The marriage debate as hot and heavy as two newly-weds on their honeymoon, and it may be just heating up. In a strange way conservatives have been given some consolation from a strange place: the lame-stream media outlet known as Time. In a recent issue Belinda Luscombe acknowledged a long-running GOP fear that ‘weakening’ the definition of marriage might open the door for ‘alternate’ lifestyles beyond the pale. In her well-written article she described the opening up of the polygamist community which hopes to ride public support for gay marriage to allow open practice of their love for many women.
While I was not convinced of the reliability of that plan (either for legalization or marriage itself), I found myself pondering a study mentioned in the article. A study was mentioned in which the following scenario was given to women:
1) Suppose polygamy is legal.
2) Suppose you have two vying candidates for marriage in which A is middle class and single; while B is a billionaire and married.
3) Given these two suppositions are true which candidate for marriage would you choose?
In this scenario 70 percent of the women in his classes have indicated that they would be willing to go with B. Interestingly only 10 percent of the men have been willing to even consider B. Luscombe spun this as an example of polygamy not being as strange as we may think. I think there is another option.
One could argue that beyond that answer: the study shows more about our current cultural conditioning, than any feelings about polygamy. Our society tells two stories about marriage. One story is about love and happiness. The other story is about societal, financial, and physical safety and provision. Though both stories are told, and accepted as fact. I wonder if this study doesn’t say a lot about who is being pitched which story. Men in our society repeatedly told to find a mate that will make them happy. Women are being told to find a mate that will protect them and provide for them.
I was not sure, and mentioned the story to several women whose wisdom I trust. Both agreed. And really this makes sense of anything something I have wondered this past three years. During that time I have been involved in various jobs for a bookseller. I have long joked that in five minutes I learn more about a person than any their spouse knows. Often in five minutes I get a refresher in the person’s past decade. More than once I have received an order that begins with books on being single, has books on marriage, and books on child-raising. In one fell swoop there is the status of a person’s life. It is worse, however, to move on to books about affairs and divorce. At those times I stop processing the order and say a quiet prayer for the person involved. Yet one thing that has struck me has been the orders chock full of romance and erotica novels. Before these three years, I would have thought that these books would be the purview of the young and single disparate for love and marriage. Yet if the success of 5o Shades o’ Boring have taught us anything, then it’s that there are a lot of married women disparate for hot, spicy loving from an emotionally-stunted but rich man. In fact all of these books are some variation on this theme:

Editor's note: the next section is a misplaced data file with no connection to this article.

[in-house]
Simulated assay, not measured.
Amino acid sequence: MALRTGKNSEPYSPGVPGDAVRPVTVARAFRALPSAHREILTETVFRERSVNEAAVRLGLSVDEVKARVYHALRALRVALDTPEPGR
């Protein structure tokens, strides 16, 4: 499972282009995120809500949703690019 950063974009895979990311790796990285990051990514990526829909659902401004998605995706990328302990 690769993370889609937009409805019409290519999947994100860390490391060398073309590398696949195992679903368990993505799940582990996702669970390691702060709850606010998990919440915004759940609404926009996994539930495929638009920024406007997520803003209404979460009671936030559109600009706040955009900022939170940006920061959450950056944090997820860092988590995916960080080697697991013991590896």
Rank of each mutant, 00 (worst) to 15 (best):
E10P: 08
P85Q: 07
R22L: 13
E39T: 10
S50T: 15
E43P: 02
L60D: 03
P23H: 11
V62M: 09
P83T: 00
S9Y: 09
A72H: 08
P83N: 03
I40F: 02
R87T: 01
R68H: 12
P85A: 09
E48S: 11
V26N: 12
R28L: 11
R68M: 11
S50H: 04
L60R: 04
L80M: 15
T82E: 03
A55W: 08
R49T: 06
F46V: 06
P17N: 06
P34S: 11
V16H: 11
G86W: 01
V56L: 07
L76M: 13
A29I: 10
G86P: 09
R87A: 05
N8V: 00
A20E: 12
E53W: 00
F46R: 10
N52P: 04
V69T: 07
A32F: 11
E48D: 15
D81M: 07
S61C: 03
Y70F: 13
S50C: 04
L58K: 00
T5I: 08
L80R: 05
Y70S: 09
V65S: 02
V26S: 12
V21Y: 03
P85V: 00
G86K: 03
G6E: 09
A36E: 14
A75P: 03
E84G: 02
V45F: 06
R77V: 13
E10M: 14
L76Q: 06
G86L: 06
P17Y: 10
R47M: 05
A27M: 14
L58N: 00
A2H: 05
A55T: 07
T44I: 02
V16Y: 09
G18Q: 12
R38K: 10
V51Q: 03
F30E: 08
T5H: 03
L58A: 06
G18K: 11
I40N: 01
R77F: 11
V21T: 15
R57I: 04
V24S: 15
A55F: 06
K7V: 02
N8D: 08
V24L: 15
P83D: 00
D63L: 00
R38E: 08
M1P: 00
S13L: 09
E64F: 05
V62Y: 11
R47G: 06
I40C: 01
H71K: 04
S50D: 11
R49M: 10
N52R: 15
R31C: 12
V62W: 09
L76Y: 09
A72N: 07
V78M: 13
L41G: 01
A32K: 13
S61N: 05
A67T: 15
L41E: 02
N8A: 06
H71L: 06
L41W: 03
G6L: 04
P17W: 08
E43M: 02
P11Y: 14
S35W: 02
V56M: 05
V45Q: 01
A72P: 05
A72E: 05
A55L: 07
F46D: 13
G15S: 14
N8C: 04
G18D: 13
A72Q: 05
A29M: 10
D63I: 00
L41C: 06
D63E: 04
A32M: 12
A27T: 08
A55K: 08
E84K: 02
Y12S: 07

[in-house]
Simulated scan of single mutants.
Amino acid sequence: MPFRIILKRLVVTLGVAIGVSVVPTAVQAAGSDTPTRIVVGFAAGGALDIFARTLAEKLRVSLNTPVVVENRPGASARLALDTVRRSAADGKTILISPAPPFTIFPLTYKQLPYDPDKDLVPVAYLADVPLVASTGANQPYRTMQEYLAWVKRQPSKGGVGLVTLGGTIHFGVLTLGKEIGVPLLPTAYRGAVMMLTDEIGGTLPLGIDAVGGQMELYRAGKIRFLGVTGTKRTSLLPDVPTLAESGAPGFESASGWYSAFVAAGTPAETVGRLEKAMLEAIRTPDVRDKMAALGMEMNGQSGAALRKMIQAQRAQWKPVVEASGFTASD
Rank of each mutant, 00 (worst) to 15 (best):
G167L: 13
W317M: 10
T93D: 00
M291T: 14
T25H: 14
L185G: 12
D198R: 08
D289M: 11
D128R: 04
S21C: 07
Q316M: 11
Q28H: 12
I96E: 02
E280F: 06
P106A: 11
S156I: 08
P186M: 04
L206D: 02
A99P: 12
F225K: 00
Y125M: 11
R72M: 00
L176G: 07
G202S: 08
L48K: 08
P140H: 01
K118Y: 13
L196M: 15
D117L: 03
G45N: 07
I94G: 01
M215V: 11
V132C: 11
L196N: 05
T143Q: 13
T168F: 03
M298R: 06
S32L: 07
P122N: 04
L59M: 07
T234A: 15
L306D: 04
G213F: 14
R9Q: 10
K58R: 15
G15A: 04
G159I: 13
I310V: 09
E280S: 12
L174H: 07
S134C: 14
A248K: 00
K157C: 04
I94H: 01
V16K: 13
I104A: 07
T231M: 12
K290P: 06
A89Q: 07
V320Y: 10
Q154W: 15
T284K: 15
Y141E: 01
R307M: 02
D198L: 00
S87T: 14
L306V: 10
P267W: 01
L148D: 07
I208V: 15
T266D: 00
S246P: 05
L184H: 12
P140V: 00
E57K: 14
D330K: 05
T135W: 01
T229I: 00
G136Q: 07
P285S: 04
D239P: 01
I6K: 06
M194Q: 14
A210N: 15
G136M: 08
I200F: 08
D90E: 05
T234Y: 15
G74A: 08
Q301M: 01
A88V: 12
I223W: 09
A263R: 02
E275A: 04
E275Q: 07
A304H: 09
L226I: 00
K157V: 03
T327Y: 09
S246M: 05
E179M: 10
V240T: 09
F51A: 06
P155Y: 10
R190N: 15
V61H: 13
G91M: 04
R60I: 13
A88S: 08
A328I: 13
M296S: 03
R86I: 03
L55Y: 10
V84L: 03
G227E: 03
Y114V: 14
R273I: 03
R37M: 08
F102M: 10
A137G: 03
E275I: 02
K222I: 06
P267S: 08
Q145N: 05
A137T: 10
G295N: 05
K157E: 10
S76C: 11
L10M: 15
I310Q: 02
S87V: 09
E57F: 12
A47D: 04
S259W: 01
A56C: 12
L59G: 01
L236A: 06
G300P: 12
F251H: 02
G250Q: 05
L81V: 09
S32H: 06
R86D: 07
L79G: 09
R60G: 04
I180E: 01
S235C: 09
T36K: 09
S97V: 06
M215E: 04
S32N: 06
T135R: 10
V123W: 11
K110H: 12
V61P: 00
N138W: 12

1) Woman has a boringly stable middle class boy friend.
2) Woman meets exciting man who albeit emotionally fragile is blindingly well endowed.
3) Women is swept away to a life of pleasure that can only be provided by that full and never-ending endowment.
Whether the man is a pirate, duke, or rancher, all that matters is that man B is rich and able to sweep the woman off her feet and preferably into a nice, new set of manolos. The woman never ends up with Mr Stable Middle Class. It is always Mr Big.